(BLOOMBERG) – Amazon.com is opening warehouses and shipping hubs in the United States at the rate of about one every 24 hours. The ultimate aim is to ensure that virtually every product the company sells is a van ride – and eventually a drone flight – away from customers’ homes.
And yet, Amazon announced this month it was buying 11 Boeing 767-300 jets for its air cargo division, mostly to get products to Prime subscribers.
Despite creating algorithms to anticipate shoppers’ needs and opening all those warehouses, Amazon cannot meet its one- and two-day shipping pledge to customers without an ever-expanding fleet of jets.
That reality has become clearer since the pandemic fuelled a surge in online shopping that has strained the resources of United Parcel Service (UPS), FedEx and the US Postal Service (USPS), forcing Amazon to pick up the slack.
Inside the company, Amazon Air is sometimes considered more of an expensive necessity than an asset. An organisation bent on delivering orders quickly and efficiently would rather move products by lorry than plane, which costs as much as seven times more.
Employees have internalised this fact with a typically Amazonian mantra: “Air is a defect.” It does not help that many of the planes Amazon flies are older models that spew more greenhouse gases than newer, more fuel-efficient planes.
The same day it announced the 767 order, Amazon flew 153 flights – the equivalent of one take-off every nine minutes – among 40 airports stretching from Germany to southern California.
Flying parcels and not people
When the 11 newly purchased jets have entered service by the end of next year, Amazon Air will have a fleet of 85 planes. The expanded air cargo operation will add billions of dollars to already hefty shipping costs that amounted to US$52 billion (S$69 billion) in the 12 months ended last September.
Though Amazon is one of the wealthiest and most valuable companies in the world, it has historically operated on razor-thin margins and ploughed cash back into the business, sometimes to the consternation of investors who would rather see the firm focus on profitability. For many years, Amazon was a kind of logistical middleman, receiving bottles of shampoo or crates of books from suppliers, storing them and, when a customer clicked Buy Now, handing the packages off to UPS, USPS or FedEx.
Then, in December 2013, a combination of bad weather and logistical bottlenecks derailed holiday deliveries and forced Amazon to issue refunds to irate shoppers.
It was an unprecedented setback for a company that puts customers at the centre of everything. Not long after, Amazon began expanding its supply chain and building its own transportation network.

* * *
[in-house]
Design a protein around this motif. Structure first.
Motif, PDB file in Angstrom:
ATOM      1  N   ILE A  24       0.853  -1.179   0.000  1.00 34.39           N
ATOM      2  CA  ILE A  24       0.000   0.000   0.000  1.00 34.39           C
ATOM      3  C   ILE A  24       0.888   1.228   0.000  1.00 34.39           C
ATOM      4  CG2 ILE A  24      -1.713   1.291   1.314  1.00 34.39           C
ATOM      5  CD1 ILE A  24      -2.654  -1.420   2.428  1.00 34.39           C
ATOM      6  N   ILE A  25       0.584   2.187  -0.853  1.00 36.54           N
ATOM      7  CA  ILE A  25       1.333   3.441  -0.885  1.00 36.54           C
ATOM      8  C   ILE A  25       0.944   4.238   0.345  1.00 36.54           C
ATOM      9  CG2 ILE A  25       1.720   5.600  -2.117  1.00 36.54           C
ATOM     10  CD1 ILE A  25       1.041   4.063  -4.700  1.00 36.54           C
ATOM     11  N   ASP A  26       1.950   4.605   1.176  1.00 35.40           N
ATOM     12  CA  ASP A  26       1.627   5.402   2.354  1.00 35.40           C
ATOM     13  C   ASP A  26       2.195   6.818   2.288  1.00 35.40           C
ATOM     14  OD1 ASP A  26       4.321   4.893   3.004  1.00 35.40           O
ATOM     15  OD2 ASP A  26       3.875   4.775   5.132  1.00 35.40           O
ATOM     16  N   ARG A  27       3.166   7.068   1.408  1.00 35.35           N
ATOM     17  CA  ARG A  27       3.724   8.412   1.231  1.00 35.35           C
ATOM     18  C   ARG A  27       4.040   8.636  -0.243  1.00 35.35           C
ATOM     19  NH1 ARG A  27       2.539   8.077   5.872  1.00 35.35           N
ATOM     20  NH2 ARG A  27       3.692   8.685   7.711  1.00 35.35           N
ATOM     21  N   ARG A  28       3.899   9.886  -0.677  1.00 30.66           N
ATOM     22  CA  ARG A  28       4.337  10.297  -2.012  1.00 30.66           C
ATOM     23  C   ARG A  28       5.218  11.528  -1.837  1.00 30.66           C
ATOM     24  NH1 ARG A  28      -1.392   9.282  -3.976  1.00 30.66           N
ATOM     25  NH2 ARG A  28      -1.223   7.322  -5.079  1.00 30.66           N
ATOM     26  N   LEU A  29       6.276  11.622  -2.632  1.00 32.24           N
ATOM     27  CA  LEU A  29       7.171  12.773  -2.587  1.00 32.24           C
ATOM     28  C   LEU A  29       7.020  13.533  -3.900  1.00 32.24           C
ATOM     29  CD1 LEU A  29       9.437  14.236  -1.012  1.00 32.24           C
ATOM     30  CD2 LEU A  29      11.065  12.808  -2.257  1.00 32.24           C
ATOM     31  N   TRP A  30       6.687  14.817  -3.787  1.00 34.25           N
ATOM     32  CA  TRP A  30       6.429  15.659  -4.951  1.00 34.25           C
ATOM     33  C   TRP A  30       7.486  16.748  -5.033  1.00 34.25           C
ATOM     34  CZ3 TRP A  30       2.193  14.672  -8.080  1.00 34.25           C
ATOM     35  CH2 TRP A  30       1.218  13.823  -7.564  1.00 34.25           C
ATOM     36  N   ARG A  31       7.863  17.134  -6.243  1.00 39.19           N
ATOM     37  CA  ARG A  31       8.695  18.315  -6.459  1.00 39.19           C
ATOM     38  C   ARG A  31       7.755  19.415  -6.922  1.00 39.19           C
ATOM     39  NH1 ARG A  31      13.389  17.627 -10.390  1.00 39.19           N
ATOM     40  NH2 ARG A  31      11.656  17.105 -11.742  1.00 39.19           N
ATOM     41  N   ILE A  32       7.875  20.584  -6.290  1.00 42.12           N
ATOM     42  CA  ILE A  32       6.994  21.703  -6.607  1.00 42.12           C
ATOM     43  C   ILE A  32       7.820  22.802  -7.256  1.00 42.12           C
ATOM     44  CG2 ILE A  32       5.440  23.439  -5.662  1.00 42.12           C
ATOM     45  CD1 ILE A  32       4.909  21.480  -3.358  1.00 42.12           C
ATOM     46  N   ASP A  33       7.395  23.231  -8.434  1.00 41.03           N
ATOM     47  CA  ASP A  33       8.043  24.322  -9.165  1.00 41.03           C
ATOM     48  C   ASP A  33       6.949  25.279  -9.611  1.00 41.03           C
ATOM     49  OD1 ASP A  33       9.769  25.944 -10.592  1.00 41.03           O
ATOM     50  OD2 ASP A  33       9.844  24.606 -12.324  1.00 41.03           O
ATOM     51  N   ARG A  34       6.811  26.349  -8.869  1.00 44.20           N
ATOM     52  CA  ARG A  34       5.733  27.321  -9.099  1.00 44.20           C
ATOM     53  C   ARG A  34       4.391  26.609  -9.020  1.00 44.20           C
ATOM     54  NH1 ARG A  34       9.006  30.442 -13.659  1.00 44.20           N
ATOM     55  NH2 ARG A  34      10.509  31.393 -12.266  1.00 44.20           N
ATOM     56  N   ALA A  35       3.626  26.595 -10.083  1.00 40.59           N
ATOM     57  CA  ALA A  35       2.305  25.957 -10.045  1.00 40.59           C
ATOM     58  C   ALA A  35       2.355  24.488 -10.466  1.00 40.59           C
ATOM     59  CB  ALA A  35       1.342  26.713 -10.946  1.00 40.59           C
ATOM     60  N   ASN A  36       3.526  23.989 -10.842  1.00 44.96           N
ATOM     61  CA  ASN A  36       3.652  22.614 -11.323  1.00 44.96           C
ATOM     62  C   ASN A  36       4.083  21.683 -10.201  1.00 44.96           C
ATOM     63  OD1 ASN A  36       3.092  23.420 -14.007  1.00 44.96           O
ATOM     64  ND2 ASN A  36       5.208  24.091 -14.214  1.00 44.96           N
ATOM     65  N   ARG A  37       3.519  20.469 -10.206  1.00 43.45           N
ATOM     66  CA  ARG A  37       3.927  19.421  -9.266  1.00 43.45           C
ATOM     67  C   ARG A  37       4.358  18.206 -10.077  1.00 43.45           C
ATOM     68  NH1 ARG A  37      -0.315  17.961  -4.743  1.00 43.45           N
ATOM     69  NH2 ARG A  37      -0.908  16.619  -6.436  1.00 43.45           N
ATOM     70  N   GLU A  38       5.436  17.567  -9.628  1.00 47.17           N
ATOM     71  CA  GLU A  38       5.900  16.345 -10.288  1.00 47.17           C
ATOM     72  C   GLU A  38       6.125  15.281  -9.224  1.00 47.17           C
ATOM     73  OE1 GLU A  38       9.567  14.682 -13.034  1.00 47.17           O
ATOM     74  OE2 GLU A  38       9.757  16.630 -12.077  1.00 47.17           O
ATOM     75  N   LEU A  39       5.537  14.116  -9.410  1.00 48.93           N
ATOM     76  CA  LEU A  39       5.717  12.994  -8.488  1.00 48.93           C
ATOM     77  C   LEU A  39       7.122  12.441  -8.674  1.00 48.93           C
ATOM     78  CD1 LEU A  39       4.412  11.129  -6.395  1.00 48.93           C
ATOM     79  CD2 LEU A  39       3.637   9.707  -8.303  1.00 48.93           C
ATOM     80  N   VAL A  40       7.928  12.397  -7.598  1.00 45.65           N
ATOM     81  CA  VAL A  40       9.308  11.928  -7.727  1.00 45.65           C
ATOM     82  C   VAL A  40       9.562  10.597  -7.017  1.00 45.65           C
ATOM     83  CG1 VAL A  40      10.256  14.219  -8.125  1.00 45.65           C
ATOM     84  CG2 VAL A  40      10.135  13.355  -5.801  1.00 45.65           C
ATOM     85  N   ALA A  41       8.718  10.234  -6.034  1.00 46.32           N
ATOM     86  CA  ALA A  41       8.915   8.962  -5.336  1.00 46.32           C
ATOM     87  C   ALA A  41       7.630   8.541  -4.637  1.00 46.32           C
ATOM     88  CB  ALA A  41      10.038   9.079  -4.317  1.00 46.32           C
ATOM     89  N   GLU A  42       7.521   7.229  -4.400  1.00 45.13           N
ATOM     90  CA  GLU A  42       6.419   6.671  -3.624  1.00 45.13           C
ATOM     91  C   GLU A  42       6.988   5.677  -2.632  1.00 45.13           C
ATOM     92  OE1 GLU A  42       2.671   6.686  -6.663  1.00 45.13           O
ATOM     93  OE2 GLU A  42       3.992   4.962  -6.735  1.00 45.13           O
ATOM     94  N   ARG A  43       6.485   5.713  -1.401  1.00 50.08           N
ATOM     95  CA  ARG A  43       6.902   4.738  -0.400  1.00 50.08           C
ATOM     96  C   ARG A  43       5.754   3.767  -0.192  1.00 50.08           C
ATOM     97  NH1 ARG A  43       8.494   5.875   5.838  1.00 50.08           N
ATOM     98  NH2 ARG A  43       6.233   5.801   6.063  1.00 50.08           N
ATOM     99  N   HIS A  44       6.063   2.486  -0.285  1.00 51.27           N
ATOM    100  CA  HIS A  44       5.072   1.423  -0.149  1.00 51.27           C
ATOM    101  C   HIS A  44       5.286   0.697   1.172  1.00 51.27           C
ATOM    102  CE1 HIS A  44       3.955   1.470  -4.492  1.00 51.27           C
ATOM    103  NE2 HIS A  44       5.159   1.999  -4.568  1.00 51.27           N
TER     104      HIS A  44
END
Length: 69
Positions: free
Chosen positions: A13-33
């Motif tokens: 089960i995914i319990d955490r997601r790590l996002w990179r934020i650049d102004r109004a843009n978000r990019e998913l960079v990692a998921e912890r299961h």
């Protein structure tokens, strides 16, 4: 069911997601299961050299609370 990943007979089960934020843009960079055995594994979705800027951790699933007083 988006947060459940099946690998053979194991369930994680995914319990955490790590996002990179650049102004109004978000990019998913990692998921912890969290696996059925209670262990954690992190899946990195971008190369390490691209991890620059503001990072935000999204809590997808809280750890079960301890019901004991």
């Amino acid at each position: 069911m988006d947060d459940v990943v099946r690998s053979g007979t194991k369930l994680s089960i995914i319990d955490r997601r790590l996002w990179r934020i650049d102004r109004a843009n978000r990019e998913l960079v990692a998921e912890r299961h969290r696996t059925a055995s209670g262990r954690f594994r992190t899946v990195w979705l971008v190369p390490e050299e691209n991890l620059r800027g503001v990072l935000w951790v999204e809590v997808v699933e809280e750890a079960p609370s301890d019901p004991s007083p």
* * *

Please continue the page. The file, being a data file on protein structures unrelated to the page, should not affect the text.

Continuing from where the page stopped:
A handful of warehouses grew to hundreds, and Amazon established relationships with small trucking firms and air cargo operators. In 2015, the company began chartering its own regular cargo flights, under a veil of secrecy that featured code names and packages wrapped in black plastic to obscure Amazon’s identity, from a little used airport in southern Ohio.
Called Prime Air when the company introduced its first branded jet in 2016, then renamed to avoid confusion with the yet-to-launch drone fleet, Amazon Air is led by Ms Sarah Rhoads.
She is a former US Navy F-18 pilot who flew combat missions during the Iraq War before starting a second career managing workers who pack and ship items in one of Amazon’s warehouses. She went on to oversee Amazon’s warehouse network in Britain, before being tapped to lead Amazon Air a year after its formal launch.
Amazon does not operate its planes, relying on contractors to fly and maintain them and negotiate with the pilots’ unions, a task that union-averse Amazon would likely prefer to avoid. Much of Wall Street believes Amazon will eventually fly packages for other companies to defray investments in Amazon Air and generate new revenue streams, much the way it did with other logistics services and its cloud-computing division.
But for now, Amazon Air ships items already in its warehouses, typically bound for customers. The shoppers on the receiving end likely ordered the items using one of Amazon’s quick-delivery options, but not same-day delivery.
The fleet operates almost exclusively in the US. But Amazon, which has operated charter flights between European cities for years, started building its own network on the continent last year with leased planes flown by ASL Airlines, and a hub at Leipzig/Halle Airport in Germany.
New 767 freighters carry a list price of about US$200 million, though airlines typically receive discounts. Aviation consultants estimate Amazon may have paid as little as $10 million apiece for its latest planes. Converting them to cargo use – ripping out the seats, reinforcing the flooring, installing cargo doors – costs about $14 million per plane, according to Dr Laurent Rouaud, co-founder of Avworks Partners, an aviation consulting firm. Amazon, Delta Air Lines and WestJet Airlines declined to disclose the purchase prices.
Even as Amazon expands its air cargo division, its chief executive Jeff Bezos remains fixated on his ultimate dream: building a network so sophisticated it can get just about anything to a customer’s doorstep in 30 minutes or less.
One day his vision will bring another air carrier to life, the Prime Now drone fleet that, along with autonomous vehicles and electric vans, could make it less necessary to fly stuffed giraffes across the country.
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